That was the brilliance of these collective scenes in the late 90s, when music got weird and everyone intermingled. It was this spirit that led to magazines like Anti-Matter, Norm Brannon’s brainchild of music interviews, which commingled Sense Field and Snapcase, Split Lip and Jawbreaker. And it led to this album, the pinnacle of compilations.
It’s a perfect time capsule of this period, in these scenes, of this music. Of this combined community.
Prince — Sign “O” the Times
I love artists who have eras.
Some artists’ eras were defined by their evolution as artists. Diana Ross had eras: each one pushing her name closer to the front until she was on her own.
Some artists’ eras were defined by freedom and complacency. Classic dad rockers Pink Floyd had eras: from psych to concept to pretentiousness to coasting.
Some artists’ eras were defined by success. Green Day has eras: from underground cool to commercial superstardom to whatever they’ve turned into now.
And then there’s Prince. Prince didn’t just bridge demographics — he’s one of the few that fans of nearly every genre could agree on. He bridged eras. He was his own entire era, even as he changed and shifted and adjusted the game.
He found perfection in just being great at all times. There are early Prince fans. There are Purple Rain Prince fans. There are pop singles Prince fans. I am all of these, but I’m mostly a double concept album social commentary Prince fan. At least, that’s where I’m at today.
Modest Mouse — The Moon and Antarctica
In the summer of 2000, I traveled to England. Kerrie was there — she was part of a study abroad program, staying in a fancy castle later used to film quidditch scenes in the early Harry Potter movies. I was soon there as well, for ten days, visiting the usual places (London, Paris), the historical places (Edinburgh, Canterbury), and the quaint and quiet (Alnwick).
When I think of that trip, I think of a lot of things. I think of how normal white middle-class English grocery stores felt exotic. I remember drinking wine — in Paris, in London, in Canterbury — and eating what, to this day, is the best Indian meal I ever had. I remember seeing the history of 1000s of years scattered around like street signs.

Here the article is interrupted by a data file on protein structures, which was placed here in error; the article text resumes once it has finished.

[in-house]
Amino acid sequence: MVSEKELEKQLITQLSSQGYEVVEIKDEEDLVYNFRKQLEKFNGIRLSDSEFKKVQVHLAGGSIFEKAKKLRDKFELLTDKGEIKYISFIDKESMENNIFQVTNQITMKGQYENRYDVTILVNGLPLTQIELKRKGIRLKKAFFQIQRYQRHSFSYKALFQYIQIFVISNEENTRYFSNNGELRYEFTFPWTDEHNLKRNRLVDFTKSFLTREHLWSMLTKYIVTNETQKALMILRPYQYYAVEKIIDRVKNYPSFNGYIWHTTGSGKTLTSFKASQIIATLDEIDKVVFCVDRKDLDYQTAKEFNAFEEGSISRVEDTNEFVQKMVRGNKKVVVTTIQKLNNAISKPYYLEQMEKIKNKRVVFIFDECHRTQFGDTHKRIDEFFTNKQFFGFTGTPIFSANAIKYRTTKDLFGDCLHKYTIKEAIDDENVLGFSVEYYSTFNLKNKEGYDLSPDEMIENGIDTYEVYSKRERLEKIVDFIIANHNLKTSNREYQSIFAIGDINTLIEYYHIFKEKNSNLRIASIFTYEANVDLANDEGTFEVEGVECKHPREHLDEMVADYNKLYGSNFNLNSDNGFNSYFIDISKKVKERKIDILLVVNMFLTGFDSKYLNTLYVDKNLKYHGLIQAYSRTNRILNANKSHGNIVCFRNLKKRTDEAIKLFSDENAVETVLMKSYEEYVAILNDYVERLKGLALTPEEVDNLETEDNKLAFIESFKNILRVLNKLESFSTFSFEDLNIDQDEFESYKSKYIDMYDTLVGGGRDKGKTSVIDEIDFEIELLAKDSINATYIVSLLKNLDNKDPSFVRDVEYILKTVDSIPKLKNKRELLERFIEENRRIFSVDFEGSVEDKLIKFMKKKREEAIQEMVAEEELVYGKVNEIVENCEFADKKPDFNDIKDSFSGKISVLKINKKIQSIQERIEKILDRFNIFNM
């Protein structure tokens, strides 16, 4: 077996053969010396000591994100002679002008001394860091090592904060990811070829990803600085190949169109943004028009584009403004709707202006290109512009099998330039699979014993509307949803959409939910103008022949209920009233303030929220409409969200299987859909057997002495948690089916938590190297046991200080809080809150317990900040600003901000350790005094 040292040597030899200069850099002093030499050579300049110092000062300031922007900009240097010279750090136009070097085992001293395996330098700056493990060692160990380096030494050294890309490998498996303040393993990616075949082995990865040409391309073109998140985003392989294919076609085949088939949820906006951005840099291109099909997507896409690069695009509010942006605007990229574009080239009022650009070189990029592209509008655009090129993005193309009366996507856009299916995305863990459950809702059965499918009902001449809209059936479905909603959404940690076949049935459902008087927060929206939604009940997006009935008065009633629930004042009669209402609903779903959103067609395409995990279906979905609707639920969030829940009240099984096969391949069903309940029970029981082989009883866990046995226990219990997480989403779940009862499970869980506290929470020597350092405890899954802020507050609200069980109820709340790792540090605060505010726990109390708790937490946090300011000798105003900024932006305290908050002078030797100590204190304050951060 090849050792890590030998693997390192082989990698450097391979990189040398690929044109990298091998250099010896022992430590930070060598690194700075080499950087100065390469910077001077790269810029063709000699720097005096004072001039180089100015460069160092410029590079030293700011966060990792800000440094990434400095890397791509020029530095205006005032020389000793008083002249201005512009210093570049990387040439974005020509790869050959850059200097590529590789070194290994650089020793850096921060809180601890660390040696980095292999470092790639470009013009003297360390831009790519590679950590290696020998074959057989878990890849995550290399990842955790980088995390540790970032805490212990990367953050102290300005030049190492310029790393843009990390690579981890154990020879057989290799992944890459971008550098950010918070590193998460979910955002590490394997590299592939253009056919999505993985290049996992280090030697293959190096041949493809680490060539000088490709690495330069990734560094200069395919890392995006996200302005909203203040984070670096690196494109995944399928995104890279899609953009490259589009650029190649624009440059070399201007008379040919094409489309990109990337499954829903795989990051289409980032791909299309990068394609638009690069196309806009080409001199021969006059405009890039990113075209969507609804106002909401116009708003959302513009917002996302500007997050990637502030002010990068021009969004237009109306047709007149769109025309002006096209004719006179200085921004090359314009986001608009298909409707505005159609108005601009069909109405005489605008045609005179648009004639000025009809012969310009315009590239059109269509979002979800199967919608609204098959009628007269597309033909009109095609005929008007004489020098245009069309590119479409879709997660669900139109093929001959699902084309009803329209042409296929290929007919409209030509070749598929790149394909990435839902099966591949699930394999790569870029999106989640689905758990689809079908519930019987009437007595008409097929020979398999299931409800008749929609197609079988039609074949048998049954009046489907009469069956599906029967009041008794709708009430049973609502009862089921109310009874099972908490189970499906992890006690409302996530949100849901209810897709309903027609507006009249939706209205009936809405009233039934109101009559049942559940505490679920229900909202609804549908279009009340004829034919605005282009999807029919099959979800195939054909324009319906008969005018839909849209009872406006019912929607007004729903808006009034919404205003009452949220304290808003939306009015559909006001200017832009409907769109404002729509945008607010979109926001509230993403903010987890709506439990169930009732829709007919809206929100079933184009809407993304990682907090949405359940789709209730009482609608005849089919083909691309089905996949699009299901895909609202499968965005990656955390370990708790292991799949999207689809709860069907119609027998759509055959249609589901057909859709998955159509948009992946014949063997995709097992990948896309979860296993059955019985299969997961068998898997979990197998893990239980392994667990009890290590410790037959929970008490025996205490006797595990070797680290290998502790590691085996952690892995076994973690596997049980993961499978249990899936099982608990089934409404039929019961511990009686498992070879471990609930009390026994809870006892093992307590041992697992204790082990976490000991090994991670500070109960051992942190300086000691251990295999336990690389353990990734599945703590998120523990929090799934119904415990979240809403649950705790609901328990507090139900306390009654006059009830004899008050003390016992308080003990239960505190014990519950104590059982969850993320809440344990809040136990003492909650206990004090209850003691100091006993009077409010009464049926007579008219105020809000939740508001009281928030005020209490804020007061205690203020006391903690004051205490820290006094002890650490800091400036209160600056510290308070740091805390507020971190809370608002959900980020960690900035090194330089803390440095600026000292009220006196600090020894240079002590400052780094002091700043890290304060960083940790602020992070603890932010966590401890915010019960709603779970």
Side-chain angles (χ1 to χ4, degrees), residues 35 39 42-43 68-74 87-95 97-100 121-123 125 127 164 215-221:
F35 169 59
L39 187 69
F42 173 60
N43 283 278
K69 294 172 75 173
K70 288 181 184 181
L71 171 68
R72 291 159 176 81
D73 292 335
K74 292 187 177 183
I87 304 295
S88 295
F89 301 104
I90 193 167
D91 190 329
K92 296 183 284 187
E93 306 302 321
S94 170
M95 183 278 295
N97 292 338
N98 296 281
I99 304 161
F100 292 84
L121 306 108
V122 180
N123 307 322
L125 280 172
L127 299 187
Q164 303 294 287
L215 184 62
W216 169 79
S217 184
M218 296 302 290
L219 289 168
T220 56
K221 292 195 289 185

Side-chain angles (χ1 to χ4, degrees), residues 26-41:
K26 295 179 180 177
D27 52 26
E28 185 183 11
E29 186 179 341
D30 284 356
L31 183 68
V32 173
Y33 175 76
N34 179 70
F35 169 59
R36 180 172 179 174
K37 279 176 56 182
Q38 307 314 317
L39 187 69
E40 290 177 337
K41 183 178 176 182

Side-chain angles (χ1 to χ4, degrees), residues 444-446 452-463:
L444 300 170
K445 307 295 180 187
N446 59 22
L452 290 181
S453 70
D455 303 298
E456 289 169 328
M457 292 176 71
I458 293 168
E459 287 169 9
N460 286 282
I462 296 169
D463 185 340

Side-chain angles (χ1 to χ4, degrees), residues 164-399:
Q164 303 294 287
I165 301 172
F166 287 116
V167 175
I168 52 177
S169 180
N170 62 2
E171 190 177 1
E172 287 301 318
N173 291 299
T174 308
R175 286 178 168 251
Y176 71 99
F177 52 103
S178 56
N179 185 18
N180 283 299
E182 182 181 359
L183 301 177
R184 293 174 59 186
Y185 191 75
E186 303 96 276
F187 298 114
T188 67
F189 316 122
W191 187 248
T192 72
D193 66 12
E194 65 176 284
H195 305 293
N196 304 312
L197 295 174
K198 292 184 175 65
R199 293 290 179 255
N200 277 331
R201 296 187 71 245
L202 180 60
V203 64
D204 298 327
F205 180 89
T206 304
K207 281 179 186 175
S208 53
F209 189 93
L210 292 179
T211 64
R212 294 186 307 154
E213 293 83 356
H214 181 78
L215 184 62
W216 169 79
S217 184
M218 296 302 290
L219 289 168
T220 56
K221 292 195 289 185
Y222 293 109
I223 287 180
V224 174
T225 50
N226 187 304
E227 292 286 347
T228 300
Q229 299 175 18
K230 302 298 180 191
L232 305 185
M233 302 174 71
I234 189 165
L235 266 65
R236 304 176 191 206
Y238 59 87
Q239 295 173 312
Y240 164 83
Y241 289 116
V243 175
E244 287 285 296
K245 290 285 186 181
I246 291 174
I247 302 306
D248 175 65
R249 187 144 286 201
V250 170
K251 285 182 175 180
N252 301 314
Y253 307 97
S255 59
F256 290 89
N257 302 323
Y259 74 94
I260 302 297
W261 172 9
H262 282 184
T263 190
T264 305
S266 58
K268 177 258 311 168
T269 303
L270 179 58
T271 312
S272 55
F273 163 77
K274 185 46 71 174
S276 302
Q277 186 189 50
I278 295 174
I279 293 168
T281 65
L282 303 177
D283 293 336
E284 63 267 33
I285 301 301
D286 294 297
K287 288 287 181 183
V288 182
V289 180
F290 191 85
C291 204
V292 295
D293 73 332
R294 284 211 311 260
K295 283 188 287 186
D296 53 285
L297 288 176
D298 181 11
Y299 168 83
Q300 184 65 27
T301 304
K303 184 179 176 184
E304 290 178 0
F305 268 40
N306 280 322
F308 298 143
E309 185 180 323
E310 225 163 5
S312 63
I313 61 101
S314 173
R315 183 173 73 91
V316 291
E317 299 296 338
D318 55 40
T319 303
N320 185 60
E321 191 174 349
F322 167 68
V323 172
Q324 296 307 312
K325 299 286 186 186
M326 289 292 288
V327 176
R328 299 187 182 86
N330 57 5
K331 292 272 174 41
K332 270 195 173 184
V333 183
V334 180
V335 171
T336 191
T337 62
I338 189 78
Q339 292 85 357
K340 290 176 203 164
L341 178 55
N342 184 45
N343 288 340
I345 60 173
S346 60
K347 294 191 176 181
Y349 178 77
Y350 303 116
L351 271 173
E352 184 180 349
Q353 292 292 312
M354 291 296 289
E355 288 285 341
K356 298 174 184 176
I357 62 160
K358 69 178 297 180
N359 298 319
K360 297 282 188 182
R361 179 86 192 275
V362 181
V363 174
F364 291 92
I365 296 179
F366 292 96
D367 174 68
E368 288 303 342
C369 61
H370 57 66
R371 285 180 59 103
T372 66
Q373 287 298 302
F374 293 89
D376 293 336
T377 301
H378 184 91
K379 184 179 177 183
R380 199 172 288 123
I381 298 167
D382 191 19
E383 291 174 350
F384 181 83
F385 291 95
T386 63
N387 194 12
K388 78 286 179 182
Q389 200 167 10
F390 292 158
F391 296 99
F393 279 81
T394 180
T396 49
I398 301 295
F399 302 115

I remember optimism — this was the last year of the Clinton era, and we were all very excited for President Gore. I remember feeling incredibly cosmopolitan, and very excited to travel in a way I never had — in a way my parents never had — both on my own and with Kerrie; acting like an adult; learning new culture, even if that culture was only barely different from my own.
And despite all of that optimism, I was still grounded. Because this album was my soundtrack.
It’s an album of gloom; of empty horizons. It’s the music you’ll hear at the end of the world — spacey and drawn out, as if structure itself was struggling to stay intact. It’s music for long drives to nowhere as you slowly contemplate your place in the universe. As you think about why you’re alive, and what it all means, and how time is a circle and how the Earth is a rock that, frankly, doesn’t care if you’re alive or not.
It’s beautiful and brilliant and intense. And, it was an antidote to complacency. On one hand, I was discovering the world, becoming independent, strengthening my future, soaking in the nutrients of history. It’s a trip I still think about to this day. On the other hand, right along side me, this album reminded me that those nutrients never belonged to me in the first place: I’m just holding them until I return to the earth. All things in perfect balance.
Jets to Brazil — Orange Rhyming Dictionary
I didn’t mean to start my list with Jawbreaker — Blake Schwarzenbach’s most famous band — and end with Jets to Brazil — Blake’s most lyrical band. But when some of your favorite writers are actually song lyricists, these things tend to happen.
Which is not to say that Blake is some kind of Pulitzer-level author. His lyrics are clever, but extreme; he rings out every ounce of emotion, he’s often sappy and cheesy, he’s almost always wearing his heart a little too high up on his sleeve. In person, he’s surly and difficult, and it’s clear he uses his lyrics and his songs to help him sort out his problems. It’s how he writes. Coincidentally, it’s also how I write. Using the journey to figure things out, rather than the destination.
At least that’s how I perceive Jets to Brazil. But I really don’t know. I’ll never know. I’ve only met Blake for 30 seconds as he signed a poster at a record store in Chicago. I don’t know him any better than anyone else on this list. That’s kind of the thing, right? We don’t know ANY of these people — they’re just strangers pouring out their souls, and we’re on the other side of the speaker, hours or days or years away, giving them our time. We don’t know any of them. We probably never will. We only know what they made.
Sometimes, what they make is perfect. To someone, at least.
Orange Rhyming Dictionary bridged two distinct musical eras in my life, and it has persisted through every era since. It’s flawed. It’s definitely not perfect in the pure definition. Really, none of these albums — no album ever, really — are perfect.
Every album is flawed. Because every person is flawed. And that’s how we know enough to know which ones are perfect for us.